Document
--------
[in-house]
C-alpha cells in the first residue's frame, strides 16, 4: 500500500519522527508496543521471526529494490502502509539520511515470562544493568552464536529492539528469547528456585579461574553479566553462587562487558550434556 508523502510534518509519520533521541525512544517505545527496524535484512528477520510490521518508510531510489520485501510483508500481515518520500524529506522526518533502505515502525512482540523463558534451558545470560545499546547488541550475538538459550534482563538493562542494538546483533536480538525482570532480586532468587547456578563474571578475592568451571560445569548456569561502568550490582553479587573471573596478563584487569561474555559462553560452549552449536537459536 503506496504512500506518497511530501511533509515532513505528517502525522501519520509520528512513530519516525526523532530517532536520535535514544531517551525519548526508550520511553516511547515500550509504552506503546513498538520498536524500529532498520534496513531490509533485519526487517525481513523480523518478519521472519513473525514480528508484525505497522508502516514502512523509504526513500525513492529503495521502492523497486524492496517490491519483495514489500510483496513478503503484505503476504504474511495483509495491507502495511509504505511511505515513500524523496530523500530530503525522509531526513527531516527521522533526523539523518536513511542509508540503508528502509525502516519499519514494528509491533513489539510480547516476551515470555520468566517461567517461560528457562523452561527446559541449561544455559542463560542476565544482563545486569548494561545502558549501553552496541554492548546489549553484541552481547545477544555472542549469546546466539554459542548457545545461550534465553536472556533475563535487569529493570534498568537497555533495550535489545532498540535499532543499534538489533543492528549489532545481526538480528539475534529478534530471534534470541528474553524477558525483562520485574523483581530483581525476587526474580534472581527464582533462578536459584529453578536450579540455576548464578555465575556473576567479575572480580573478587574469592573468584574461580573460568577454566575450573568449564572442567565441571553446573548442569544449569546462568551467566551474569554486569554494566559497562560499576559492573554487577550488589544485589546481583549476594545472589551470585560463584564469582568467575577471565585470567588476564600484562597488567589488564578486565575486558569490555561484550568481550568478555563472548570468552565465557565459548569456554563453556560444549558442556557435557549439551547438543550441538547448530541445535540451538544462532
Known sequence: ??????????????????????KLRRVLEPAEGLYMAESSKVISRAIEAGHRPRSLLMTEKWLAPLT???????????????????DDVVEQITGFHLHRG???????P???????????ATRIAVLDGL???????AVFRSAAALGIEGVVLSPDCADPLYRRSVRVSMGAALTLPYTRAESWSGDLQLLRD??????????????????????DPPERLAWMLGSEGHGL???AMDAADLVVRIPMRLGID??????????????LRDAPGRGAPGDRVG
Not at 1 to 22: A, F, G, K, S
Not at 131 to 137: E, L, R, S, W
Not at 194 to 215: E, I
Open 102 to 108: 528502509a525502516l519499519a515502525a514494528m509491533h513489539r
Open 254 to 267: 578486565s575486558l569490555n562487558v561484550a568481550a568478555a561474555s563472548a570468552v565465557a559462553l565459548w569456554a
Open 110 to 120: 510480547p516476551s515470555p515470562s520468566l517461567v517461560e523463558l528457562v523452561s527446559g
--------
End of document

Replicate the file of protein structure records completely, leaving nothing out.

[in-house]
C-alpha cells in the first residue's frame, strides 16, 4: 500500500519522527508496543521471526529494490502502509539520511515470562544493568552464536529492539528469547528456585579461574553479566553462587562487558550434556 508523502510534518509519520533521541525512544517505545527496524535484512528477520510490521518508510531510489520485501510483508500481515518520500524529506522526518533502505515502525512482540523463558534451558545470560545499546547488541550475538538459550534482563538493562542494538546483533536480538525482570532480586532468587547456578563474571578475592568451571560445569548456569561502568550490582553479587573471573596478563584487569561474555559462553560452549552449536537459536 503506496504512500506518497511530501511533509515532513505528517502525522501519520509520528512513530519516525526523532530517532536520535535514544531517551525519548526508550520511553516511547515500550509504552506503546513498538520498536524500529532498520534496513531490509533485519526487517525481513523480523518478519521472519513473525514480528508484525505497522508502516514502512523509504526513500525513492529503495521502492523497486524492496517490491519483495514489500510483496513478503503484505503476504504474511495483509495491507502495511509504505511511505515513500524523496530523500530530503525522509531526513527531516527521522533526523539523518536513511542509508540503508528502509525502516519499519514494528509491533513489539510480547516476551515470555520468566517461567517461560528457562523452561527446559541449561544455559542463560542476565544482563545486569548494561545502558549501553552496541554492548546489549553484541552481547545477544555472542549469546546466539554459542548457545545461550534465553536472556533475563535487569529493570534498568537497555533495550535489545532498540535499532543499534538489533543492528549489532545481526538480528539475534529478534530471534534470541528474553524477558525483562520485574523483581530483581525476587526474580534472581527464582533462578536459584529453578536450579540455576548464578555465575556473576567479575572480580573478587574469592573468584574461580573460568577454566575450573568449564572442567565441571553446573548442569544449569546462568551467566551474569554486569554494566559497562560499576559492573554487577550488589544485589546481583549476594545472589551470585560463584564469582568467575577471565585470567588476564600484562597488567589488564578486565575486558569490555561484550568481550568478555563472548570468552565465557565459548569456554563453556560444549558442556557435557549439551547438543550441538547448530541445535540451538544462532
Known sequence: ??????????????????????KLRRVLEPAEGLYMAESSKVISRAIEAGHRPRSLLMTEKWLAPLT???????????????????DDVVEQITGFHLHRG???????P???????????ATRIAVLDGL???????AVFRSAAALGIEGVVLSPDCADPLYRRSVRVSMGAALTLPYTRAESWSGDLQLLRD??????????????????????DPPERLAWMLGSEGHGL???AMDAADLVVRIPMRLGID??????????????LRDAPGRGAPGDRVG
Not at 1 to 22: A, F, G, K, S
Not at 131 to 137: E, L, R, S, W
Not at 194 to 215: E, I
Open 102 to 108: 528502509a525502516l519499519a515502525a514494528m509491533h513489539r
Open 254 to 267: 578486565s575486558l569490555n562487558v561484550a568481550a568478555a561474555s563472548a570468552v565465557a559462553l565459548w569456554a
Open 110 to 120: 510480547p516476551s515470555p515470562s520468566l517461567v517461560e523463558l528457562v523452561s527446559g